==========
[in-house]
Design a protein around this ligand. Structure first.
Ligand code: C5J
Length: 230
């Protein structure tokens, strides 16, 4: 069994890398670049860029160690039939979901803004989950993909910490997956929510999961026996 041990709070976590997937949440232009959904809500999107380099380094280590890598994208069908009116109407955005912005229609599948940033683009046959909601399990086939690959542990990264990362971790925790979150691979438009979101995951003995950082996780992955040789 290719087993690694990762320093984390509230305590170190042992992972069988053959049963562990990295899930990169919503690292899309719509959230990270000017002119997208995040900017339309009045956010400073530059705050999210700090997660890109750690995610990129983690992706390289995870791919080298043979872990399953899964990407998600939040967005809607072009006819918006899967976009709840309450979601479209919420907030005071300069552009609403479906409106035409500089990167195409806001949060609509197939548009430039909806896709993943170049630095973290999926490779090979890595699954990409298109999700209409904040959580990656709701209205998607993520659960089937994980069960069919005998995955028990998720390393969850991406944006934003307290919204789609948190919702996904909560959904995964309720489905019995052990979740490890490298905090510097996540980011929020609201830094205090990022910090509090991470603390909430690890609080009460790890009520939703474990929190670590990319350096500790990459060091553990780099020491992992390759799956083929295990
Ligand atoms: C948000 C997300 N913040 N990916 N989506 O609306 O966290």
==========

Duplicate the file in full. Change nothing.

[in-house]
Design a protein around this ligand. Structure first.
Ligand code: C5J
Length: 230
């Protein structure tokens, strides 16, 4: 069994890398670049860029160690039939979901803004989950993909910490997956929510999961026996 041990709070976590997937949440232009959904809500999107380099380094280590890598994208069908009116109407955005912005229609599948940033683009046959909601399990086939690959542990990264990362971790925790979150691979438009979101995951003995950082996780992955040789 290719087993690694990762320093984390509230305590170190042992992972069988053959049963562990990295899930990169919503690292899309719509959230990270000017002119997208995040900017339309009045956010400073530059705050999210700090997660890109750690995610990129983690992706390289995870791919080298043979872990399953899964990407998600939040967005809607072009006819918006899967976009709840309450979601479209919420907030005071300069552009609403479906409106035409500089990167195409806001949060609509197939548009430039909806896709993943170049630095973290999926490779090979890595699954990409298109999700209409904040959580990656709701209205998607993520659960089937994980069960069919005998995955028990998720390393969850991406944006934003307290919204789609948190919702996904909560959904995964309720489905019995052990979740490890490298905090510097996540980011929020609201830094205090990022910090509090991470603390909430690890609080009460790890009520939703474990929190670590990319350096500790990459060091553990780099020491992992390759799956083929295990
Ligand atoms: C948000 C997300 N913040 N990916 N989506 O609306 O966290």